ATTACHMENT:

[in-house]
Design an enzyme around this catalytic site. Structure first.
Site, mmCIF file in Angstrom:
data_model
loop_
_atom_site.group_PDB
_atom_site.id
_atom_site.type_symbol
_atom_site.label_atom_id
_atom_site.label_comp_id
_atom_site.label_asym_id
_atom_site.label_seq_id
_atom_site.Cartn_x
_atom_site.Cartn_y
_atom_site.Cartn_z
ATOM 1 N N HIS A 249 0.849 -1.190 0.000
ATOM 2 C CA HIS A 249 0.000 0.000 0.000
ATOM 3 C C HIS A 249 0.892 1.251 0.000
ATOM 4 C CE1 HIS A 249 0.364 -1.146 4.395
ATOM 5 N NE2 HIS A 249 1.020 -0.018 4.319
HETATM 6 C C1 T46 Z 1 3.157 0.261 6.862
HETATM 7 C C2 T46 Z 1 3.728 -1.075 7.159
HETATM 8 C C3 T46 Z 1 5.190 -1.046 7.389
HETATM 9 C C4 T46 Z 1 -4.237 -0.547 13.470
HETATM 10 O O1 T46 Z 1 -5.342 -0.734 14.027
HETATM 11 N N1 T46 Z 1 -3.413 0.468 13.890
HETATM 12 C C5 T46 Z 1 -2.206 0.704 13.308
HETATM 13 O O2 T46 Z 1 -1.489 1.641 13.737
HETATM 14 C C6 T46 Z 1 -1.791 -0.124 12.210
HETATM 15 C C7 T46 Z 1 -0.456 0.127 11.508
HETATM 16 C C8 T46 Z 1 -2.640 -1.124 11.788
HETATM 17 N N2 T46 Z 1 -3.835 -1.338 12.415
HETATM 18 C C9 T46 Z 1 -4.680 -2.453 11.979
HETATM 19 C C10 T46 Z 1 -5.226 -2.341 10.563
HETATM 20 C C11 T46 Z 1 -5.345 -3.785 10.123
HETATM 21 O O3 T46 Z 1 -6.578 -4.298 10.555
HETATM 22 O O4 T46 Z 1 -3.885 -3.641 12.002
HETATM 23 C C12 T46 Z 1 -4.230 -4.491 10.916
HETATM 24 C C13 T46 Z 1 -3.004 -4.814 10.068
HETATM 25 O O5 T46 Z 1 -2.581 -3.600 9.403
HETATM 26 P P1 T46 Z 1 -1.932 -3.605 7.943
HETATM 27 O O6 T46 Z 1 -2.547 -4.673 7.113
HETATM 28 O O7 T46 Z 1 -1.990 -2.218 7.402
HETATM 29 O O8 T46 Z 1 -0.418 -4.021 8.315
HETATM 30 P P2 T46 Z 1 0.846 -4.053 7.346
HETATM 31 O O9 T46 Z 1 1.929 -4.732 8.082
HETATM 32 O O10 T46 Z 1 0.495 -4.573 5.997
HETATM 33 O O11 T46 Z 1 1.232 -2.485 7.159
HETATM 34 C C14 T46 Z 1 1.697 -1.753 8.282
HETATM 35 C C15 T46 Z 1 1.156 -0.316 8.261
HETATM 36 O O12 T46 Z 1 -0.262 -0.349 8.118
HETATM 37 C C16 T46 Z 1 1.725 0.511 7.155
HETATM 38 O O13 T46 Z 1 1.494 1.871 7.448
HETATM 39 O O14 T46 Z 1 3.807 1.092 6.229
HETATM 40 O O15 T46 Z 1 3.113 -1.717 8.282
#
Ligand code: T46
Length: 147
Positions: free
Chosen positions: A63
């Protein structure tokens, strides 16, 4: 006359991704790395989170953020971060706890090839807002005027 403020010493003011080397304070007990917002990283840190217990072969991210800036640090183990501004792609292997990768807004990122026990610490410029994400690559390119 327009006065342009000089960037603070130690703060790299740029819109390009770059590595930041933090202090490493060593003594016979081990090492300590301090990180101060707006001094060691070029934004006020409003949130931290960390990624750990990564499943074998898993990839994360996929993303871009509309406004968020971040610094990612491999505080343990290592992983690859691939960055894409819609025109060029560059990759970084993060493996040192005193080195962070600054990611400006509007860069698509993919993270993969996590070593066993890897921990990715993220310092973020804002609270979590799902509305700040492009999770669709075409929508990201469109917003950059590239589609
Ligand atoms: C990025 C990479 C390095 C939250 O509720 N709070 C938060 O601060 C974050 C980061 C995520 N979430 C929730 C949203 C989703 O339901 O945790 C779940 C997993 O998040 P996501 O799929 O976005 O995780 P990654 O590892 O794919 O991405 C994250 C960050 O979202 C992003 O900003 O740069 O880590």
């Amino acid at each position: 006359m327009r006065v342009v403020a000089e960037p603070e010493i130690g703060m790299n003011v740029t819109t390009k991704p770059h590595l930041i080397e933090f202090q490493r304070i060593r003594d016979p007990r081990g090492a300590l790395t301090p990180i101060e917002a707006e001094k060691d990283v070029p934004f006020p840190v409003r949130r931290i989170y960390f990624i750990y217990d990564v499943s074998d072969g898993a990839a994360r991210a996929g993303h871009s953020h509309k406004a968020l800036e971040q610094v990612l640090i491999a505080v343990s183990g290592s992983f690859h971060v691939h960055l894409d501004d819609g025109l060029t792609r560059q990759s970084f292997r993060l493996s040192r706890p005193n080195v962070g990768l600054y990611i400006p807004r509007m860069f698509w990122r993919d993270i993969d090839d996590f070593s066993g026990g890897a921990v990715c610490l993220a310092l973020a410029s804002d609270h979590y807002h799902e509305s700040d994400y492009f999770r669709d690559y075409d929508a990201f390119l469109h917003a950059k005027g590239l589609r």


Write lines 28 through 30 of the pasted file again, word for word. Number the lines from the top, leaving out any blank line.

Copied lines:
HETATM 13 O O2 T46 Z 1 -1.489 1.641 13.737
HETATM 14 C C6 T46 Z 1 -1.791 -0.124 12.210
HETATM 15 C C7 T46 Z 1 -0.456 0.127 11.508